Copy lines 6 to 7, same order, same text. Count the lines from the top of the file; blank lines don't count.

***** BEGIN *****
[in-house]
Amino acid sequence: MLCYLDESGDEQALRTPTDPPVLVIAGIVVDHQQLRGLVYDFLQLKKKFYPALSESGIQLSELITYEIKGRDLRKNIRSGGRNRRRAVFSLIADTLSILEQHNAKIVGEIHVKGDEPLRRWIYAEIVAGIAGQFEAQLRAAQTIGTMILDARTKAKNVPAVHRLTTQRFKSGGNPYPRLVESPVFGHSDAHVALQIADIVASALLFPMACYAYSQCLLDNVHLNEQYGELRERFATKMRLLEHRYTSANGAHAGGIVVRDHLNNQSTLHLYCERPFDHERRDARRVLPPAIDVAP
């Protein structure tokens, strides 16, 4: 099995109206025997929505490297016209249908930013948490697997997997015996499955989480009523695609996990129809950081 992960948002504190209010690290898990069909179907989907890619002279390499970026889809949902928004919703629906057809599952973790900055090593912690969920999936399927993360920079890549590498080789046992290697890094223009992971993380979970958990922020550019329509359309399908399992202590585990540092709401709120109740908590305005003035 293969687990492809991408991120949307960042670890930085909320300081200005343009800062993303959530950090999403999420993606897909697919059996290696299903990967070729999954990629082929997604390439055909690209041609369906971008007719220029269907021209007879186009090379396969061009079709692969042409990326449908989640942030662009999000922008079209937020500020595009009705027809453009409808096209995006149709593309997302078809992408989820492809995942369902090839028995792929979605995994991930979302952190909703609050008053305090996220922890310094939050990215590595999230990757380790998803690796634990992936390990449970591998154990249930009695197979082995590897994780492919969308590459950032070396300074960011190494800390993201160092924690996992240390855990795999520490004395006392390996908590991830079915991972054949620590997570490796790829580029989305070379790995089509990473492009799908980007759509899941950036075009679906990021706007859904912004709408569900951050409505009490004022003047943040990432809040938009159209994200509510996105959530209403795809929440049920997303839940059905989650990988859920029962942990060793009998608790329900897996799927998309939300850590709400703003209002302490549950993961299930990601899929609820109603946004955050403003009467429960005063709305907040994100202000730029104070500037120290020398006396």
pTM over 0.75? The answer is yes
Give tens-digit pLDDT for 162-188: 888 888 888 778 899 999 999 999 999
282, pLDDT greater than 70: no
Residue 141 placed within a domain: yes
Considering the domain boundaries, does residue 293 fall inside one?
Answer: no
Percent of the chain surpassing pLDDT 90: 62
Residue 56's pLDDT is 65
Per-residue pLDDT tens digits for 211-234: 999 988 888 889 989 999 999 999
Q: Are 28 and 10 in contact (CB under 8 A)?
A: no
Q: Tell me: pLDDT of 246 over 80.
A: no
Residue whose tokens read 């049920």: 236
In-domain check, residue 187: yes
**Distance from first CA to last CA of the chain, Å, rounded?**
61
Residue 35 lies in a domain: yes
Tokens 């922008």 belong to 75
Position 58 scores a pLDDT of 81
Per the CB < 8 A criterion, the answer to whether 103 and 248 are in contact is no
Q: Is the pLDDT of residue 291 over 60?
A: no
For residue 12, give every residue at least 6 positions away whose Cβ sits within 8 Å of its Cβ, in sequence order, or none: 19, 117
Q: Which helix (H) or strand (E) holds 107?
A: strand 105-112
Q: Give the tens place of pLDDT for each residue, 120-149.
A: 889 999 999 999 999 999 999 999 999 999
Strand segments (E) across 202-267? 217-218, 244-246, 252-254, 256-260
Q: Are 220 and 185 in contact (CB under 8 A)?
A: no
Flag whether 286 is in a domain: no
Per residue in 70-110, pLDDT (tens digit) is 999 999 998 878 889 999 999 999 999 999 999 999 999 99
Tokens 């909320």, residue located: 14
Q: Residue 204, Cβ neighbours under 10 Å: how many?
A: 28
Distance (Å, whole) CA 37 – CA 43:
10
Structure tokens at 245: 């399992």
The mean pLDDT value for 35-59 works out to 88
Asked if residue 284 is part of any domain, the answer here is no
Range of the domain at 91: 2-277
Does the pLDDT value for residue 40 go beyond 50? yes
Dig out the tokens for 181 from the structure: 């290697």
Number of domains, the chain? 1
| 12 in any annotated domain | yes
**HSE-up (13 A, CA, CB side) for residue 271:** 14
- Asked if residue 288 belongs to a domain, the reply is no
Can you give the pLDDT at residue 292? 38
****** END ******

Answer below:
282, pLDDT greater than 70: no
Residue 141 placed within a domain: yes